Kathy Floam-Greenspan is the President of Pomerantz Marketing, a full-service B2B agency supporting regional, national and global SMBs.
Mergers and acquisitions (M&As) can be a significant business opportunity, but they can also be corrosive to company culture, causing people to leave when expertise and stability matter most.
Before the recent pandemic and the accompanying “great resignation,” an EY report found that nearly half of a company’s key employees depart within a year of a merger or acquisition, and 75% leave within three years of a transaction. This reality is even more prevalent today as employees are increasingly willing to quit their jobs in search of better opportunities.
Since M&As can create significant organizational anxiety and swift cultural change, it’s unsurprising that turnover often accompanies the process. While employees change jobs for many reasons, company culture is often one of the most common reasons.
That’s why businesses need a “we first” mindset when combining teams post-merger and acquisition. Here are four ways leaders can begin creating that dynamic now.
1. Explain the move by operating transparently to help people accept and support change.
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Mergers and acquisitions happen for many reasons, and employees want to understand the purpose. Unfortunately, companies often can’t publicly announce M&A details as the process plays out, supporting speculation and creating internal confusion.
In response, leaders need an upfront strategy for proactively communicating with employees and internal stakeholders, ensuring that everyone understands the process, timeline and any relevant information that can be shared. These communications should prioritize fundamental aspects, like how decisions will be made and the expected outcomes from a deal.
When combining teams post-M&A, uncertainty is the enemy of progress. By proactively communicating with their teams, leaders can bring clarity to an otherwise chaotic situation.
2. Prioritize communication by proactively addressing the wide range of changes employees will experience.
Mergers and acquisitions are destabilizing for employees and customers. The Harvard Business Review succinctly explains, “For individual managers and employees, a merger or acquisition is not just a corporate strategy; it’s a personally disruptive—often traumatic—event.”
Their fears are often warranted. The post-merger integration period is frequently fraught, filled with tension and uncertainty. Post-merger, organizations may have new priorities, employees may report to new managers and budgets may be adjusted. Perhaps most alarmingly, some employees are typically deemed redundant when companies in the same industry merge, raising fears of layoffs or job reassignments.
Leaders can get ahead of these trends by explaining the M&A purpose and plan. When accompanied by a change story that outlines the collective goals and expected outcomes, transparent communication can help reduce people’s fear and anxiety while helping them accept and support change.
3. Involve employees in the transition through stakeholder engagement, listening sessions and other opportunities.
A “we first” company culture is built through cooperation, communication and engagement. That’s why leaders should strive to involve employees in the transition, leveraging their experience and expertise to help build a better company moving forward.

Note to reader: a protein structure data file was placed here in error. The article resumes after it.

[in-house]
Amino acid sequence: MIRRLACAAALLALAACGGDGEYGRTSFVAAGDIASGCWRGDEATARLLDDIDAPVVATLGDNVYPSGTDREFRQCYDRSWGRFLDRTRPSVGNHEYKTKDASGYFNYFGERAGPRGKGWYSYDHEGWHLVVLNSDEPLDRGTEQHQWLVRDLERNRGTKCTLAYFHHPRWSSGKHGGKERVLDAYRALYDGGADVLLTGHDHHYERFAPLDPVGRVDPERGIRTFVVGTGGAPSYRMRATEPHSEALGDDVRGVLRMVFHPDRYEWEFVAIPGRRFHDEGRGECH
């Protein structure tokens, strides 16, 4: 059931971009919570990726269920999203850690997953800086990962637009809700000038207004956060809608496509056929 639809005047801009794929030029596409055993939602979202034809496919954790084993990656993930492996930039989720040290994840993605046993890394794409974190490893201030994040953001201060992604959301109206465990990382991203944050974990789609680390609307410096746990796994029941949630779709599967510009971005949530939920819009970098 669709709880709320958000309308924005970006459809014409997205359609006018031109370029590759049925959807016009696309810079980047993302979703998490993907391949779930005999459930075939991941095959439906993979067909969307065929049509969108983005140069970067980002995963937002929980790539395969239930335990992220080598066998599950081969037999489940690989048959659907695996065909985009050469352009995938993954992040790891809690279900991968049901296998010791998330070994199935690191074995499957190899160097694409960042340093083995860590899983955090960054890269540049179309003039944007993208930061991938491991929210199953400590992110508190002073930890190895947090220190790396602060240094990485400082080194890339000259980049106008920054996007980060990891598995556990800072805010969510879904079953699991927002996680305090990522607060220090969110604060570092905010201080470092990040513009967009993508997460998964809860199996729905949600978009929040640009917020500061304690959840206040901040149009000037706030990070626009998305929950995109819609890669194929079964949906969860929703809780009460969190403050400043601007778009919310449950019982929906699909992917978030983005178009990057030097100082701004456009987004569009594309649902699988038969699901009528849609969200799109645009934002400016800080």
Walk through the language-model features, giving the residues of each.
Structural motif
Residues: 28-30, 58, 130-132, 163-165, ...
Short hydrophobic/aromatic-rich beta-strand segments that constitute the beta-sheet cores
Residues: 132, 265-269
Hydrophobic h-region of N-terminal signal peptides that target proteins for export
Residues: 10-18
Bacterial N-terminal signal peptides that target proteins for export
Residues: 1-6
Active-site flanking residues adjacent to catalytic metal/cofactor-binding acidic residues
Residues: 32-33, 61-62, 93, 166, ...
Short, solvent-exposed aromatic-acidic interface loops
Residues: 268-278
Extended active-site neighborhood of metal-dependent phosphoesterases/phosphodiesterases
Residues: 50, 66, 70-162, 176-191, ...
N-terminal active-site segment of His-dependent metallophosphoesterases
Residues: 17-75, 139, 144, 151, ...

When the consumer electronics retailer Best Buy struggled to keep up with stiff competition from Amazon and other online stores, the company’s new leaders were encouraged to, as the company’s then-CEO Hubert Joly told The New York Times, “cut, cut, cut. Close stores. Fire everybody.” Instead, the company went in the opposite direction. As Joly recently explained to The Wall Street Journal, he spent his first days with the company “in retail stores observing customer behavior and holding pizza meetings with staffers.” While holding these stakeholder engagements and listening sessions, Joly consistently asked three questions:
• What’s working?
• What’s not working?
• What do you need?
His approach stands in stark contrast to Elon Musk’s recent acquisition of Twitter, where swift action, dramatic reduction in staff and rapid changes to employee expectations have badly damaged employee morale and operational capacity.
To help teams succeed and thrive post-M&A, companies need a “we first” mentality, something that is best achieved when employees are viewed as assets in the transition process.
4. Execute messaging effectively with internal and external marketing.
Internal and external marketing can help set the tone and empower collective, collaborative direction for new teams. Specifically, this includes:
• Reframing the brand’s ethos and value proposition to accommodate new realities.
• Reviewing and refreshing your team’s understanding of market segments and their impact on operations.
• Reconsidering the elements that drive customer satisfaction and promote long-term sustainability, helping teams grasp the intricacies of the new arrangement and their role in promoting brand salience.
A “we first” mentality empowers all people to contribute and participate in the company’s next steps, reminding teams that they are valued and important while positioning them to succeed in a new operational environment.
Bringing companies together can add tremendous value and enhance opportunities for business growth. It can also erode company culture, making it less likely that a merger or acquisition will achieve its most ambitious goals.
However, by embracing a “we first” mindset from day one, companies can merge teams more effectively, proving that two can truly be better than one when they are unified, informed and empowered.
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Author: Kathy Floam-Greenspan, Forbes Councils Member